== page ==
A. In Kras, we observed that one’s interest in a bankruptcy discharge “does not rise to the same constitutional level” as one’s inability to dissolve his marriage except through the courts. 409 U.S., at 445 . In this case, appellants seek increased welfare payments. This interest, like that of Kras, has far less constitutional significance than the interest of the Boddie appellants. Compare Dandridge v. Williams, 397 U.S. 471 (1970), and Richardson v. Belcher, 404 U.S. 78 (1971), with Loving v. Virginia, 388 U.S. 1 (1967); Skinner v. Oklahoma, 316 U.S. 535 (1942); Griswold v. Connecticut, 381 U.S. 479 (1965), and Eisenstadt v. Baird, 405 U.S. 438 (1972). Each of the present appellants has received an agency hearing at which it was determined that the minimum level of payments authorized by law was being provided. As in Kras, we see “no fundamental interest that is gained or lost depending on the availability” of the relief sought by appellants. 409 U.S., at 445 .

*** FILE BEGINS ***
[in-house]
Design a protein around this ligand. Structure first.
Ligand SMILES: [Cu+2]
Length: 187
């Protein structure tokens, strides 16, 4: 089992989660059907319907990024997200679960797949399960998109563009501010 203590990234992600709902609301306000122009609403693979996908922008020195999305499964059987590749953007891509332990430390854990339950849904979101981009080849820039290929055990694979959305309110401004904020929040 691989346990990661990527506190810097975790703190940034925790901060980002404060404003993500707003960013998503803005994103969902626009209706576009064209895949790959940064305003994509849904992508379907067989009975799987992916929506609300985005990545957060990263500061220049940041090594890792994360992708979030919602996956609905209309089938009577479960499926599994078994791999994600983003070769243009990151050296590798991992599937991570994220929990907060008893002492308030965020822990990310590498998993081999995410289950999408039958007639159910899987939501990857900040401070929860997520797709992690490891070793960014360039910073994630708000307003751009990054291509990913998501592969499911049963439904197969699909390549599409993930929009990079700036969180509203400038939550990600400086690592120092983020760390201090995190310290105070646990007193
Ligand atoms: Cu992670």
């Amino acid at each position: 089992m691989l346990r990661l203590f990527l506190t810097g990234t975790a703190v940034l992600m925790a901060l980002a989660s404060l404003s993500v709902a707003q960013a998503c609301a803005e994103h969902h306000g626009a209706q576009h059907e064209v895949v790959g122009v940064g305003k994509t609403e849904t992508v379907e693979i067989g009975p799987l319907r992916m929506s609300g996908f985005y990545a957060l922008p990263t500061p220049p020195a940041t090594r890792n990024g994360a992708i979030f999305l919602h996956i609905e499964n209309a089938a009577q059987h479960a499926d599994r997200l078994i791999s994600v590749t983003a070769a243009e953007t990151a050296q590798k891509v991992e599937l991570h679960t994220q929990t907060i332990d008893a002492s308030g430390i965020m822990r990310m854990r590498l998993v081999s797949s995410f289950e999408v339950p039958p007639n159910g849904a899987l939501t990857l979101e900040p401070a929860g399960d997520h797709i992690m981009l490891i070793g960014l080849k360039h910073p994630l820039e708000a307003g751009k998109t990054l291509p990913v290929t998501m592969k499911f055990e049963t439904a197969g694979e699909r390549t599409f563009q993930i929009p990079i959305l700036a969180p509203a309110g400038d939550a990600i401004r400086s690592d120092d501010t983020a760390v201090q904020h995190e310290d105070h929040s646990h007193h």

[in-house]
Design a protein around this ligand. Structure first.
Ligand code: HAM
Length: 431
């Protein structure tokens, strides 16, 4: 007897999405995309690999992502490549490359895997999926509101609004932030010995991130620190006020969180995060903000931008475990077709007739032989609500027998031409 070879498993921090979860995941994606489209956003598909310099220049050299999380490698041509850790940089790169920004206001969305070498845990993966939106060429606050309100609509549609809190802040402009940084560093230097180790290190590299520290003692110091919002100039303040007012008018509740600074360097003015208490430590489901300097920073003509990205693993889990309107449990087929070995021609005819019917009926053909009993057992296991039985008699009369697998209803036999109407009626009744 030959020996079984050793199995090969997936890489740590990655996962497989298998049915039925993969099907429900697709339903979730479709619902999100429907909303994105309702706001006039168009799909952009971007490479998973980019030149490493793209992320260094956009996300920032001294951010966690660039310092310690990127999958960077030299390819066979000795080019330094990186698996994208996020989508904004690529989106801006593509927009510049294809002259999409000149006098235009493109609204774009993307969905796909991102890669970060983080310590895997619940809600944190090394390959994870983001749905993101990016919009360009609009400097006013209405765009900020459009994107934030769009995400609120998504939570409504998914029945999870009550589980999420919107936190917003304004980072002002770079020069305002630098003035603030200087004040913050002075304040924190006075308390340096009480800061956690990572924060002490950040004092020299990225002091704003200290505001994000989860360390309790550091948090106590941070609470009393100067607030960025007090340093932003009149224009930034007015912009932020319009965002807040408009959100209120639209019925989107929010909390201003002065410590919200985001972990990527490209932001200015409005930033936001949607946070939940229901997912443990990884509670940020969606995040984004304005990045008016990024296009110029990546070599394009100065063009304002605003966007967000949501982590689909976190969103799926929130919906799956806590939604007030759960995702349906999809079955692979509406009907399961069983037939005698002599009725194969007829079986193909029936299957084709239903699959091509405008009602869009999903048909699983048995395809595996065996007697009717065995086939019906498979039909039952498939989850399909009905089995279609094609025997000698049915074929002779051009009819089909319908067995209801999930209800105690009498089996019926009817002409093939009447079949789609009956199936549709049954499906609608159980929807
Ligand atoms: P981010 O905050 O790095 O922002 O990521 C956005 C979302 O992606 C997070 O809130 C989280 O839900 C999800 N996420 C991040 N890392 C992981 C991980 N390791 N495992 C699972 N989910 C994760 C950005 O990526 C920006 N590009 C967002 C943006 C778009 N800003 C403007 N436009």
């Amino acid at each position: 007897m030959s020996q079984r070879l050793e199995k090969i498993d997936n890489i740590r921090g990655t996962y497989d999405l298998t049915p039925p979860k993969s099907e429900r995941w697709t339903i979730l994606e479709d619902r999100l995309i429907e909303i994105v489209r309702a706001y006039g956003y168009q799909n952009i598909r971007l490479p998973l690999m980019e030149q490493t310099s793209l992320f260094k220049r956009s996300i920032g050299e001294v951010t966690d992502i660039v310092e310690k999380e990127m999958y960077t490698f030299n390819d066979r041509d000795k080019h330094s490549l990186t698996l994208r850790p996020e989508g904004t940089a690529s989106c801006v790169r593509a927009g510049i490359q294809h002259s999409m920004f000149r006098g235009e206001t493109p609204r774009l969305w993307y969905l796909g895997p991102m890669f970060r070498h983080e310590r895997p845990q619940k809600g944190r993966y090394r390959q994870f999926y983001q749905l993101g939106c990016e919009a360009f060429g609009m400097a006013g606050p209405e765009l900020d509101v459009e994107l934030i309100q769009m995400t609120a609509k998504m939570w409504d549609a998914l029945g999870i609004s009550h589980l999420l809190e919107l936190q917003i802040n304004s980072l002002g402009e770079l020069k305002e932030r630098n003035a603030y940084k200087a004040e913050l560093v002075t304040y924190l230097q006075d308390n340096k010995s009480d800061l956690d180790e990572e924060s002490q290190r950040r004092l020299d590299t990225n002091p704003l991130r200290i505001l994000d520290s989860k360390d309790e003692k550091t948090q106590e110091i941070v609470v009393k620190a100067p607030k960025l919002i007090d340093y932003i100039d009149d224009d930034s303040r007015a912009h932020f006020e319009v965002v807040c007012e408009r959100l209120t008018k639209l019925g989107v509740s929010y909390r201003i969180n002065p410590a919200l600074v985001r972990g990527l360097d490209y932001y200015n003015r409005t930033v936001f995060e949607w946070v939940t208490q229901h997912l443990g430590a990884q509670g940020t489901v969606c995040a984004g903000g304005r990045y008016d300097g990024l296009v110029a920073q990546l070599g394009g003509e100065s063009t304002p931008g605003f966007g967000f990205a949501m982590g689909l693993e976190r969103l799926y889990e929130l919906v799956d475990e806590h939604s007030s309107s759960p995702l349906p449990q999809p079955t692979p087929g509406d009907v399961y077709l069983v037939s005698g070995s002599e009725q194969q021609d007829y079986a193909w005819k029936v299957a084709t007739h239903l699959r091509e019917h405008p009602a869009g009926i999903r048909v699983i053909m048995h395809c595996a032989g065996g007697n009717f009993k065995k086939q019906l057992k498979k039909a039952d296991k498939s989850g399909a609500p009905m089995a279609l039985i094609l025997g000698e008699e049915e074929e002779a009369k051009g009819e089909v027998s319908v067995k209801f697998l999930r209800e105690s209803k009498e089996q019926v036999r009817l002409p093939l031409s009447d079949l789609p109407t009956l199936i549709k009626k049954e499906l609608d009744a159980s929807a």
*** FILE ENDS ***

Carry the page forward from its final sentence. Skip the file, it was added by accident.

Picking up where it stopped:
B. In Kras, the Court also stressed the existence of alternatives, not conditioned on the payment of the fees, to the judicial remedy. Id., at 446. The Court has held that procedural due process requires that a welfare recipient be given a pretermination evidentiary hearing. Goldberg v. Kelly, 397 U.S. 254, 264 , 266-271 (1970). These appellants have had hearings. 4 The [410 U.S. 656, 660] hearings provide a procedure, not conditioned on payment of any fee, through which appellants have been able to seek redress. This Court has long recognized that, even in criminal cases, due process does not require a State to provide an appellate system. McKane v. Durston, 153 U.S. 684, 687 (1894); see Griffin v. Illinois, 351 U.S. 12, 18 (1956); District of Columbia v. Clawans, 300 U.S. 617, 627 (1937); Lindsey v. Normet, 405 U.S. 56, 77 (1972). Under the facts of this case, appellants were not denied due process. 5